In fairness to those virtual assistants who are responding to your RFP, they can only adequately answer this question if you’ve given enough information, so be generous with the details about you, your company, your industry, potential projects you have in mind that the virtual assistant will ideally be responsible for, and anything else you feel will help the very best potential VAs respond appropriately to your RFP and your subsequent questions.
Continuing with the Questions to Ask a Prospective Virtual Assistant series:
Question # 2. What are your fees?
It can be hard to avoid price-shopping when you’re a business on a budget (and who isn’t, really?). While it can make sense to do so when it comes to some business expenses, in this case, the answer to the question should not be the deciding factor in which virtual assistant you choose to work with. The fact is, you’re going to need to know how much it will cost you each month to work with your virtual assistant but ultimately, the point of utilizing a virtual assistant is to make more money by freeing you up to spend more of your time on billable hours, and less time on the administrative, development and marketing aspects of your business. In the right circumstances, with the right VA, that’s exactly what will happen.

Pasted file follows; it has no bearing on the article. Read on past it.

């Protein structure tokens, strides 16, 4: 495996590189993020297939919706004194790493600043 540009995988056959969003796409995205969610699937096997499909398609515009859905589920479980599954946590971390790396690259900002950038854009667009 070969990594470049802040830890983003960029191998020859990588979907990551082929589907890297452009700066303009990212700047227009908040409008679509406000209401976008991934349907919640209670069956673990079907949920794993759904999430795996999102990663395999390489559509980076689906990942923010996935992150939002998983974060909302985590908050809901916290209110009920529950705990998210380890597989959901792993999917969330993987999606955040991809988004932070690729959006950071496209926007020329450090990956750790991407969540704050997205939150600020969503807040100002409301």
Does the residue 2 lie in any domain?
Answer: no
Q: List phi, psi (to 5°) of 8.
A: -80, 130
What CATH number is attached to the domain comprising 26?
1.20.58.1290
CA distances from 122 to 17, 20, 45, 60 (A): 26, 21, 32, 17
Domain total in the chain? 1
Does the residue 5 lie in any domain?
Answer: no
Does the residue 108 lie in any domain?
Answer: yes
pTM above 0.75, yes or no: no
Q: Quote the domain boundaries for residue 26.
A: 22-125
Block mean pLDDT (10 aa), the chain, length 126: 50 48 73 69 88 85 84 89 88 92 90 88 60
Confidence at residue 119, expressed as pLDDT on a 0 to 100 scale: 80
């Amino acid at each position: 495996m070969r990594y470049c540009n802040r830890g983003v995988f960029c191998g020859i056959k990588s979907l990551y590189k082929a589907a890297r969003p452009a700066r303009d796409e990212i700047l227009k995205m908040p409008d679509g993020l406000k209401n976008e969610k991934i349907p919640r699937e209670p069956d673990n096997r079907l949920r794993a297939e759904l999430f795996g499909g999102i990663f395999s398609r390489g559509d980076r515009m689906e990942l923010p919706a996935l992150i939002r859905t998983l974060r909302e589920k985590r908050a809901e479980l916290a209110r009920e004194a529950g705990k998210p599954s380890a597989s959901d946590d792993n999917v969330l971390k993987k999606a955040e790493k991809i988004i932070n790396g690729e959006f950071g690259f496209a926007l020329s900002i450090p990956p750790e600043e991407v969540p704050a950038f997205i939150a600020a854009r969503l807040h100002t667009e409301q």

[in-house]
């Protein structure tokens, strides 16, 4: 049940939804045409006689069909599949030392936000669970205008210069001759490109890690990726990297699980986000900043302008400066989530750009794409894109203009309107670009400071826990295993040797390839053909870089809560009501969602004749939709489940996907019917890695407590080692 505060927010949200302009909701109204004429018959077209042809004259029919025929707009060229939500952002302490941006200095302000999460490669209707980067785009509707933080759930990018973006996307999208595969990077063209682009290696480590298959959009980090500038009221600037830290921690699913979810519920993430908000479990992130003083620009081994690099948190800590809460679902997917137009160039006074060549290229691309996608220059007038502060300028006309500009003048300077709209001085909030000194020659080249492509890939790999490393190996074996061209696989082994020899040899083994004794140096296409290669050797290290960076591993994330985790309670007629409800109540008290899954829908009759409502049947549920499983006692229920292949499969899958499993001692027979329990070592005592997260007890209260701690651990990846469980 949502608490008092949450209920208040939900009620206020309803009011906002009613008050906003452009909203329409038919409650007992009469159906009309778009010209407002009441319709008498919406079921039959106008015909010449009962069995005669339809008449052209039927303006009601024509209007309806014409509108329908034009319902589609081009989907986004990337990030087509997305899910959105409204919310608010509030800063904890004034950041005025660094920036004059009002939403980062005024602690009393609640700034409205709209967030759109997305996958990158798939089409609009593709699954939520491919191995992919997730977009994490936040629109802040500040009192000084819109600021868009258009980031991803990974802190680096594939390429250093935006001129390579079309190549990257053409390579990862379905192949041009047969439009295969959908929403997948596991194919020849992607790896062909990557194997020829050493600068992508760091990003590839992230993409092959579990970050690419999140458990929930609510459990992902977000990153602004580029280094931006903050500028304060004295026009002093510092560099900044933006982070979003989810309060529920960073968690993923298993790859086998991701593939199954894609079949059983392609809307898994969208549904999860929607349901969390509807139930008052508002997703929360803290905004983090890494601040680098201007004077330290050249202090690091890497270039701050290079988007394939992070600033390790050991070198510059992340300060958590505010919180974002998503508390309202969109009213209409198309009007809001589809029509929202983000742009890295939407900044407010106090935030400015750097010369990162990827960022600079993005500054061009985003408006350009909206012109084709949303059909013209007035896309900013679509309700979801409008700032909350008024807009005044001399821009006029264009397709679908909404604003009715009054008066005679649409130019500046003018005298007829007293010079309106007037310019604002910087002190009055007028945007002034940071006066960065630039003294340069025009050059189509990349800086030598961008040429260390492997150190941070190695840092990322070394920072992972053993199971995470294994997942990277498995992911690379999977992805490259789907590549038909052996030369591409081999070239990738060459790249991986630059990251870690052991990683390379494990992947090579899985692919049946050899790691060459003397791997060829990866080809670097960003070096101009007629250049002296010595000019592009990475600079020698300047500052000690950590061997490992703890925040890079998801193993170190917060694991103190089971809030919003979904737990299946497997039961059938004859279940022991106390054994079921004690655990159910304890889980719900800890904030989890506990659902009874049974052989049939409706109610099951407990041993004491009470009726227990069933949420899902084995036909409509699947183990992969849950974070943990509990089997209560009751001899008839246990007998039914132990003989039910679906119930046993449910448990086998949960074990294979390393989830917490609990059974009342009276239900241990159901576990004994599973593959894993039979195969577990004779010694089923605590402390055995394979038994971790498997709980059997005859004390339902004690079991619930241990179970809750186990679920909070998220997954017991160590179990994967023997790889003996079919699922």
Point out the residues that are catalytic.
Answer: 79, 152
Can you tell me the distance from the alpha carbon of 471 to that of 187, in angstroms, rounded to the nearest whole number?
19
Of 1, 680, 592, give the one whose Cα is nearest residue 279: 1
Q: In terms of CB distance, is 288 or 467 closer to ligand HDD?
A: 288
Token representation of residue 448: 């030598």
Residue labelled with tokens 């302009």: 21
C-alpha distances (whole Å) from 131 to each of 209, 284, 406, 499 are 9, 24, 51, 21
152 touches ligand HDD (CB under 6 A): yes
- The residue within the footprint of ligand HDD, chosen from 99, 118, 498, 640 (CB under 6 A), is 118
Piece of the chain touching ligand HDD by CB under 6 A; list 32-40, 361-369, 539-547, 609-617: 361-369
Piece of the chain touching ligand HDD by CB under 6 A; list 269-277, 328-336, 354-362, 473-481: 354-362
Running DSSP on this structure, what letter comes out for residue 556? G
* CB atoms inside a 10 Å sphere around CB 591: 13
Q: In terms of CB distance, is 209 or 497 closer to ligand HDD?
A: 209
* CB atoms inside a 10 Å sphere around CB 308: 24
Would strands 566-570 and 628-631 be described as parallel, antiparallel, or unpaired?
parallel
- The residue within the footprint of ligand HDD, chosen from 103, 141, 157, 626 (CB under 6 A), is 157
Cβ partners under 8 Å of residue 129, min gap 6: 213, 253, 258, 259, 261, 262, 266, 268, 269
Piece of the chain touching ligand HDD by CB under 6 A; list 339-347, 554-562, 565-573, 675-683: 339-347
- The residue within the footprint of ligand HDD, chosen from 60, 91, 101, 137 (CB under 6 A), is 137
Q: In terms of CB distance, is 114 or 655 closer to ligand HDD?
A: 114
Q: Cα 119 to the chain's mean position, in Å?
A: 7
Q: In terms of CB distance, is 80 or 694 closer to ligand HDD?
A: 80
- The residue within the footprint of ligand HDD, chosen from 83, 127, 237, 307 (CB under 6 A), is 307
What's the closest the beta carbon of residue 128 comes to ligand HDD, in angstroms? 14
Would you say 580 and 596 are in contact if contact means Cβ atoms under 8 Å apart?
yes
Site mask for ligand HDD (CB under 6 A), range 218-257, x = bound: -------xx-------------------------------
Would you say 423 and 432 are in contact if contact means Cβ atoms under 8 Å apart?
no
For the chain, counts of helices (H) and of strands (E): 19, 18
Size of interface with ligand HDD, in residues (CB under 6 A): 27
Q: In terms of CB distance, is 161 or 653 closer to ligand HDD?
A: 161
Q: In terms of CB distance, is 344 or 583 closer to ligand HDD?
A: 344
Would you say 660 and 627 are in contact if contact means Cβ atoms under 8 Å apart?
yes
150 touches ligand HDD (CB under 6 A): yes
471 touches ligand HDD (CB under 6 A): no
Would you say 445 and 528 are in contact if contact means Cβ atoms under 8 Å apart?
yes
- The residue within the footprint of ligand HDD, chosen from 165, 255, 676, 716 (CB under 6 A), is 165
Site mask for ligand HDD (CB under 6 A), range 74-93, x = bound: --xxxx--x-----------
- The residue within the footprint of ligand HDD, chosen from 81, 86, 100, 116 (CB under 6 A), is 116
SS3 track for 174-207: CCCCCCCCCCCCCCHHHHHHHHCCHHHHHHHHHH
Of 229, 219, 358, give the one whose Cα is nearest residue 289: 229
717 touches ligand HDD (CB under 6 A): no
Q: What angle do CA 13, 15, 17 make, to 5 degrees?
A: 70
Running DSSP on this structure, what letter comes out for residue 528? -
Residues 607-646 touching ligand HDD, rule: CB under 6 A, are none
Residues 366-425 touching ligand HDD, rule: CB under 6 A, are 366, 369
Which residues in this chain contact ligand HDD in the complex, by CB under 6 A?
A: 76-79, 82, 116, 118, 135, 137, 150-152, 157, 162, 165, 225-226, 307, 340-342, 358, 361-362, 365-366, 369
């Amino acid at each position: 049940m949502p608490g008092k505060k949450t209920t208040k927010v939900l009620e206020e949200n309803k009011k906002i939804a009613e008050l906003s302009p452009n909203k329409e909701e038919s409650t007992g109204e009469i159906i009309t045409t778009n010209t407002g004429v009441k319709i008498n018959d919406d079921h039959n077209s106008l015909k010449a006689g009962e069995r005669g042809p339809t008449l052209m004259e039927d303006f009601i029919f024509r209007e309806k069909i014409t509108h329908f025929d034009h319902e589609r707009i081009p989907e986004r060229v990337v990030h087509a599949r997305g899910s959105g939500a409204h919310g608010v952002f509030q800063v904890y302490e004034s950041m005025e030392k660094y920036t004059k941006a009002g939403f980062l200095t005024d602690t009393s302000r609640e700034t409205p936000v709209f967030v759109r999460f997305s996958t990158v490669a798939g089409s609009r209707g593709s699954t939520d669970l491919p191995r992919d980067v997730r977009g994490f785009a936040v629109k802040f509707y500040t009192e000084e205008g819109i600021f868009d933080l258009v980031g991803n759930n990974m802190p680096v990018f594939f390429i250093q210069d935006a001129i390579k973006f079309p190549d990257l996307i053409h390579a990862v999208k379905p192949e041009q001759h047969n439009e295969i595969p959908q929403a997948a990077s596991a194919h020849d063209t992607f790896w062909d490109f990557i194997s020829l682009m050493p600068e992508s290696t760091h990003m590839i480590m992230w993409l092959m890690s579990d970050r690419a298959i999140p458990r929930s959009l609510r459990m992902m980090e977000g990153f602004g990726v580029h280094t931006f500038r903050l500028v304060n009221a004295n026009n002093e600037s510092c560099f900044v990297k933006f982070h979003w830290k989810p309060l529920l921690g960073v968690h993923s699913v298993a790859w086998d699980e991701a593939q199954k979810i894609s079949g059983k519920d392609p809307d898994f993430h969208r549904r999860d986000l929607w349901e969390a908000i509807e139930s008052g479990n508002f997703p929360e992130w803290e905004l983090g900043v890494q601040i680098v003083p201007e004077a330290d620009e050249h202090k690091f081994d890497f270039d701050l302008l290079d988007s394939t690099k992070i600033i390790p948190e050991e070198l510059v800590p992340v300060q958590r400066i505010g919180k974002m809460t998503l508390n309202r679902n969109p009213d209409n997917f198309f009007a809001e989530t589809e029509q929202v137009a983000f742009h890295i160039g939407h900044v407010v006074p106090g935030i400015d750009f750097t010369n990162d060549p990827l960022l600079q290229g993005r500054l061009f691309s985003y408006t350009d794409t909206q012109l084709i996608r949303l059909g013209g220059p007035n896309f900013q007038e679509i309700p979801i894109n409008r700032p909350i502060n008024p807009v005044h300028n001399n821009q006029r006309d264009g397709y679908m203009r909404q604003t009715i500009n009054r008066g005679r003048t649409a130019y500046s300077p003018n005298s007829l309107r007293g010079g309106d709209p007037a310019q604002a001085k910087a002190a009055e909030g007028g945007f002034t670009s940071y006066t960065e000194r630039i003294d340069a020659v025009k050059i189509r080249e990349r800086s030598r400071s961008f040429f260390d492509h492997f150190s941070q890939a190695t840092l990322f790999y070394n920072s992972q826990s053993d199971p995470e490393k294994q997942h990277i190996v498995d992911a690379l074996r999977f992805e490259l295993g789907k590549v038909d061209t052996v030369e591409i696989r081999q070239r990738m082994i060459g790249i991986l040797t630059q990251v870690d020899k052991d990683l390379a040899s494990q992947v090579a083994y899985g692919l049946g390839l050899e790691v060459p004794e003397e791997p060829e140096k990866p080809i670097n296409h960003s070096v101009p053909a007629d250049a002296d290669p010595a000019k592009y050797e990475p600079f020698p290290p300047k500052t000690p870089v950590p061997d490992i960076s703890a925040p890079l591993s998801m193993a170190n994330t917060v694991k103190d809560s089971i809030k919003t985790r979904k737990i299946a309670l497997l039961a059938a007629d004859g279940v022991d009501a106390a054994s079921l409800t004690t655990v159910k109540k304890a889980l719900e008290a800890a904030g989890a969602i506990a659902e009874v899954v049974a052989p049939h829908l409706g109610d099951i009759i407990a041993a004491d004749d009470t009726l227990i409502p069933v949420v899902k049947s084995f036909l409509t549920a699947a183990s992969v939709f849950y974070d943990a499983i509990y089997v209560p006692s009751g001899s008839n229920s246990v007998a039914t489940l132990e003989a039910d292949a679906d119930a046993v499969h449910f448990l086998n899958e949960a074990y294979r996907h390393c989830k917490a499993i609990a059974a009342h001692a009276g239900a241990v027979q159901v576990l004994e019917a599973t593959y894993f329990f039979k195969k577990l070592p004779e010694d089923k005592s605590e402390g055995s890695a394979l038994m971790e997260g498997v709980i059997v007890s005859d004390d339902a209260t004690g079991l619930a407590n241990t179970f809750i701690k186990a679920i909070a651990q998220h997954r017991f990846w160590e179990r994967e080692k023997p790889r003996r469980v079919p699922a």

As you gather pricing data from the various virtual assistants you speak with, bear in mind this famous quote: “If you think it’s expensive to hire a professional to do the job, wait until you hire an amateur.”
Price points can vary wildly in the virtual assistant industry, especially if you include the offshore ‘virtual assistant call centers’. But it’s important to realize that a truly professional virtual assistant, with the skills and experience you need to actually take your business to that next level, charge between $25-$40 hourly. While a $4 an hour “VA” may seem appealing, it could actually end up costing you a lot more than you realize.
Weigh your budget against the virtual assistant’s experience, abilities, and professionalism. What could take an inexperienced VA an hour might take an experienced VA less than 10 minutes, depending on the situation of course. Oftentimes, when a choice is made based solely on price, you’ll wind up back at square one, hiring the more expensive virtual assistant to redo the work or worse, to fix issues caused by going with the ‘cheaper’ option.
All of this is not to say that a virtual assistant has to be expensive to be good. Ask the question with all of this in mind, and use due diligence when making your final decision.